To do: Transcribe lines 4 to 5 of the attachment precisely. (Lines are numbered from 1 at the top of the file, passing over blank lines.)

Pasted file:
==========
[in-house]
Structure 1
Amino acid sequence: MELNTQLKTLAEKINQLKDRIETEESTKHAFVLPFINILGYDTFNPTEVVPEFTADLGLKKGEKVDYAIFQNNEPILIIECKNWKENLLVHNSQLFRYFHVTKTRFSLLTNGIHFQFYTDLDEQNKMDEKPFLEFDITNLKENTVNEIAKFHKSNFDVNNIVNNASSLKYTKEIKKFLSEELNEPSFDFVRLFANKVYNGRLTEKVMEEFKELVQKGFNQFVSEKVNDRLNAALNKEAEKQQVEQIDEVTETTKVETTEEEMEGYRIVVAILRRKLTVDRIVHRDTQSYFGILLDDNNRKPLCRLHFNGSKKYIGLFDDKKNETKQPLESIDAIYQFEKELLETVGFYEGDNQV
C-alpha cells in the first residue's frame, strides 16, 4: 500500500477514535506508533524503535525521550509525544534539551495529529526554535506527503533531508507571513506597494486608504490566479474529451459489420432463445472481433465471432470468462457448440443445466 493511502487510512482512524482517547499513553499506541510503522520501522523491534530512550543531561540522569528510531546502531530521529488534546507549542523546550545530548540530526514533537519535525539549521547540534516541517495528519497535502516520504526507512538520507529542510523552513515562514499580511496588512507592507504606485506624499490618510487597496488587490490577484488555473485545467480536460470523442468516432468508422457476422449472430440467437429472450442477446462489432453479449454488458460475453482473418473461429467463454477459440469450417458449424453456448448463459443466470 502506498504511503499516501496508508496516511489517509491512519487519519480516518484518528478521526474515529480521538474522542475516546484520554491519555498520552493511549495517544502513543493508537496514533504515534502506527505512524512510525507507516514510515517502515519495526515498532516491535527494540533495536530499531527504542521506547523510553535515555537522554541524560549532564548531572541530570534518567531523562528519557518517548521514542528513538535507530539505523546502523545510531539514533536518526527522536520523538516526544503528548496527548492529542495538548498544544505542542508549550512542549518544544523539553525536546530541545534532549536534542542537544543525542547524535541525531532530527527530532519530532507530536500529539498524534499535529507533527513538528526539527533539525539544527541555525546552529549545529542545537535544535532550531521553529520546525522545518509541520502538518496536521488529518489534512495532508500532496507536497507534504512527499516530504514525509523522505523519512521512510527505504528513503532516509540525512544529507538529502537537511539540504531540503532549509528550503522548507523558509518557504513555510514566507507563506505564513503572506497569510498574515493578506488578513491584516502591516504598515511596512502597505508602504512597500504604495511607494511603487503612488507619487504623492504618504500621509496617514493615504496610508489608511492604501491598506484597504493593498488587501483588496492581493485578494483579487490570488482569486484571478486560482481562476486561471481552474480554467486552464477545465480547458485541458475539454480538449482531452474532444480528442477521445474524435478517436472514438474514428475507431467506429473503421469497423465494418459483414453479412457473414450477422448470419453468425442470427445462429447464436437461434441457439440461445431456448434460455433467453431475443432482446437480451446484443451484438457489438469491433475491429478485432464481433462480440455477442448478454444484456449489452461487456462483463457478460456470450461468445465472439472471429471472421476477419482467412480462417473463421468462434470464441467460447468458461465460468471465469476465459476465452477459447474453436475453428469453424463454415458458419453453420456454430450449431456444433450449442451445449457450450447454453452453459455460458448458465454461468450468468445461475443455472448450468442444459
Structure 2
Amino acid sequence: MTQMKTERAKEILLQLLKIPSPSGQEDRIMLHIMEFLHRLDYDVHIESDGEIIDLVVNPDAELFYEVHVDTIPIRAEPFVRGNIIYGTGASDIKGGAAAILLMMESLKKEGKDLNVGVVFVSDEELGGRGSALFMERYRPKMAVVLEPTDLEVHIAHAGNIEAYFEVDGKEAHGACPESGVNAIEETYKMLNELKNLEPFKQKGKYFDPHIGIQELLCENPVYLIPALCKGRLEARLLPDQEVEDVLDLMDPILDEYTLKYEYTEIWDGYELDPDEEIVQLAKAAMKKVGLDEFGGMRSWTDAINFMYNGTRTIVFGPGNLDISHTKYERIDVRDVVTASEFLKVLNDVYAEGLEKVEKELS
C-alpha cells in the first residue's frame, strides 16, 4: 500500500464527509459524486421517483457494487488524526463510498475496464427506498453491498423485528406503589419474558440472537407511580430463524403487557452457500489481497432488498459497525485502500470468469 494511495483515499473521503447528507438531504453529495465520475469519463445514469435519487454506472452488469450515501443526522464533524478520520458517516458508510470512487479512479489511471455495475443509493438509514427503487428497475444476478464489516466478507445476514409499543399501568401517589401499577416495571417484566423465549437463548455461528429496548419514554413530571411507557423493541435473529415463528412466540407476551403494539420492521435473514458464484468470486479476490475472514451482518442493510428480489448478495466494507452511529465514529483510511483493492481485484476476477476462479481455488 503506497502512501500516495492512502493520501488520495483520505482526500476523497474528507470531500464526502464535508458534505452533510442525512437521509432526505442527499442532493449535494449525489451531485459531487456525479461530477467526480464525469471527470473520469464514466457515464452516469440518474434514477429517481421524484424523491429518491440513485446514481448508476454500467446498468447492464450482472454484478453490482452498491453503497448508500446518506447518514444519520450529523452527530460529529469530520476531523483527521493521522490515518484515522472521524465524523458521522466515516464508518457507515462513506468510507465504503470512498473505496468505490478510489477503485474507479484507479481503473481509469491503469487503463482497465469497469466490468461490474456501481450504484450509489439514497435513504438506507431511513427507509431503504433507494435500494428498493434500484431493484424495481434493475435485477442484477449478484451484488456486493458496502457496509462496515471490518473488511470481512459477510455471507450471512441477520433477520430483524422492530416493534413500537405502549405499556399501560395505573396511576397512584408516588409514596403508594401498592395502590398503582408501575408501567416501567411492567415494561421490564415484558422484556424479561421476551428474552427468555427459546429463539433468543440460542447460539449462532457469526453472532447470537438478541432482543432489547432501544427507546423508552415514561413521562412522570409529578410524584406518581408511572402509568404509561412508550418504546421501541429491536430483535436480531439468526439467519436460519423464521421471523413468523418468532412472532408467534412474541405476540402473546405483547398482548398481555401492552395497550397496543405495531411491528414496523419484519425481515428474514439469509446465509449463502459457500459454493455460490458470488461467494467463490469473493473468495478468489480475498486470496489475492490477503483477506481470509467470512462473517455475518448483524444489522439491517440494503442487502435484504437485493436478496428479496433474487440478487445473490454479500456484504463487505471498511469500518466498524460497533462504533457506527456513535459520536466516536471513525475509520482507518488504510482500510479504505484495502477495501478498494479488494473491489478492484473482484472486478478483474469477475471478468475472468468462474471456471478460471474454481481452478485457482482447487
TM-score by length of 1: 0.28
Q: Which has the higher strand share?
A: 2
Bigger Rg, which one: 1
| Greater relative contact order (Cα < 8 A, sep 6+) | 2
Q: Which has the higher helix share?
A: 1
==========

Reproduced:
C-alpha cells in the first residue's frame, strides 16, 4: 500500500477514535506508533524503535525521550509525544534539551495529529526554535506527503533531508507571513506597494486608504490566479474529451459489420432463445472481433465471432470468462457448440443445466 493511502487510512482512524482517547499513553499506541510503522520501522523491534530512550543531561540522569528510531546502531530521529488534546507549542523546550545530548540530526514533537519535525539549521547540534516541517495528519497535502516520504526507512538520507529542510523552513515562514499580511496588512507592507504606485506624499490618510487597496488587490490577484488555473485545467480536460470523442468516432468508422457476422449472430440467437429472450442477446462489432453479449454488458460475453482473418473461429467463454477459440469450417458449424453456448448463459443466470 502506498504511503499516501496508508496516511489517509491512519487519519480516518484518528478521526474515529480521538474522542475516546484520554491519555498520552493511549495517544502513543493508537496514533504515534502506527505512524512510525507507516514510515517502515519495526515498532516491535527494540533495536530499531527504542521506547523510553535515555537522554541524560549532564548531572541530570534518567531523562528519557518517548521514542528513538535507530539505523546502523545510531539514533536518526527522536520523538516526544503528548496527548492529542495538548498544544505542542508549550512542549518544544523539553525536546530541545534532549536534542542537544543525542547524535541525531532530527527530532519530532507530536500529539498524534499535529507533527513538528526539527533539525539544527541555525546552529549545529542545537535544535532550531521553529520546525522545518509541520502538518496536521488529518489534512495532508500532496507536497507534504512527499516530504514525509523522505523519512521512510527505504528513503532516509540525512544529507538529502537537511539540504531540503532549509528550503522548507523558509518557504513555510514566507507563506505564513503572506497569510498574515493578506488578513491584516502591516504598515511596512502597505508602504512597500504604495511607494511603487503612488507619487504623492504618504500621509496617514493615504496610508489608511492604501491598506484597504493593498488587501483588496492581493485578494483579487490570488482569486484571478486560482481562476486561471481552474480554467486552464477545465480547458485541458475539454480538449482531452474532444480528442477521445474524435478517436472514438474514428475507431467506429473503421469497423465494418459483414453479412457473414450477422448470419453468425442470427445462429447464436437461434441457439440461445431456448434460455433467453431475443432482446437480451446484443451484438457489438469491433475491429478485432464481433462480440455477442448478454444484456449489452461487456462483463457478460456470450461468445465472439472471429471472421476477419482467412480462417473463421468462434470464441467460447468458461465460468471465469476465459476465452477459447474453436475453428469453424463454415458458419453453420456454430450449431456444433450449442451445449457450450447454453452453459455460458448458465454461468450468468445461475443455472448450468442444459
Structure 2